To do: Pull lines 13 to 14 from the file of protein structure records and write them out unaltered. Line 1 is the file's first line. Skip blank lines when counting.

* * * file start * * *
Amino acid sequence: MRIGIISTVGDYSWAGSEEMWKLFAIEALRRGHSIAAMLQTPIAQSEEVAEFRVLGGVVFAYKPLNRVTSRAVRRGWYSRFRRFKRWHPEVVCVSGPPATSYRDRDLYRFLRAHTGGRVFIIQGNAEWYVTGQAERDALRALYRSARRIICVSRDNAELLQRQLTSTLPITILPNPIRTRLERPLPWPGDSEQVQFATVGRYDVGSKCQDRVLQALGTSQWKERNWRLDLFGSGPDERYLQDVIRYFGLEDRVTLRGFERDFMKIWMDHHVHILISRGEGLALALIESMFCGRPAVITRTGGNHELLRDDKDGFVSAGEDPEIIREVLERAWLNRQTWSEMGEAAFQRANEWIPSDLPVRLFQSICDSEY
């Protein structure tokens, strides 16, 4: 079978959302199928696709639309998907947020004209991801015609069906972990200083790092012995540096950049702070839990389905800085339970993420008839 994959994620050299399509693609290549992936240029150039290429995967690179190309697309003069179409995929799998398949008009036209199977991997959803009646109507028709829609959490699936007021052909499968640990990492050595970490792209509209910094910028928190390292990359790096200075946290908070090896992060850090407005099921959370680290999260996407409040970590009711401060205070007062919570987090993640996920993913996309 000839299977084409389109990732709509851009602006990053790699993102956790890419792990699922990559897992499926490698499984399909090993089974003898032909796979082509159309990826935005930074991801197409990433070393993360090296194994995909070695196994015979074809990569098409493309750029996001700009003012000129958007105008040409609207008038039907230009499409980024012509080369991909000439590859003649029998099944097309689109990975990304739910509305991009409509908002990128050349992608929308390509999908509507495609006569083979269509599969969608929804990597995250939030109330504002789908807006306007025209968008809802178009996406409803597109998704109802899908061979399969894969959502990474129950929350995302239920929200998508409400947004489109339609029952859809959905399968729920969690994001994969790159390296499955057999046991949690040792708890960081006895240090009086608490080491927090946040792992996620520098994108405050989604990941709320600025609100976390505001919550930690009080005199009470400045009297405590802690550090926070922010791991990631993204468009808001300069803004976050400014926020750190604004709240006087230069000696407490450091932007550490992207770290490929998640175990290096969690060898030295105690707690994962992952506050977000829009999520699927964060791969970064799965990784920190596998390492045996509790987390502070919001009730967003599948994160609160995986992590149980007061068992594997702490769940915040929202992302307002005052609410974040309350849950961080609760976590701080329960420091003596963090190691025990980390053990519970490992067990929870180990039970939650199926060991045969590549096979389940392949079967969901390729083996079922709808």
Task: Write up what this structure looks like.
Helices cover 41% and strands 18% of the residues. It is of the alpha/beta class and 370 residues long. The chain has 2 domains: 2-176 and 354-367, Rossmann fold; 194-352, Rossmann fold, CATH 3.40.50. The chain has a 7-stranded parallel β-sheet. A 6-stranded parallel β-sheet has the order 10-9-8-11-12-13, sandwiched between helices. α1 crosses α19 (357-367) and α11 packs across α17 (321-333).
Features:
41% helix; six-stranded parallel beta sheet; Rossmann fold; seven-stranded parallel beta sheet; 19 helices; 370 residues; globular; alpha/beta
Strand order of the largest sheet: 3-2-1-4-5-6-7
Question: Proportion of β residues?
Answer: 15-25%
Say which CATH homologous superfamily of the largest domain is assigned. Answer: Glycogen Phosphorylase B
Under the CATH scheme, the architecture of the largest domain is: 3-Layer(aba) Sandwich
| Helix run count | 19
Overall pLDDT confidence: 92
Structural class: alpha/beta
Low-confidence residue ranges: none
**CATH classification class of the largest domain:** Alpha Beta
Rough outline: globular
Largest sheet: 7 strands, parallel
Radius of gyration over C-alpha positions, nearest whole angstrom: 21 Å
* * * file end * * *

Overall pLDDT confidence: 92
Structural class: alpha/beta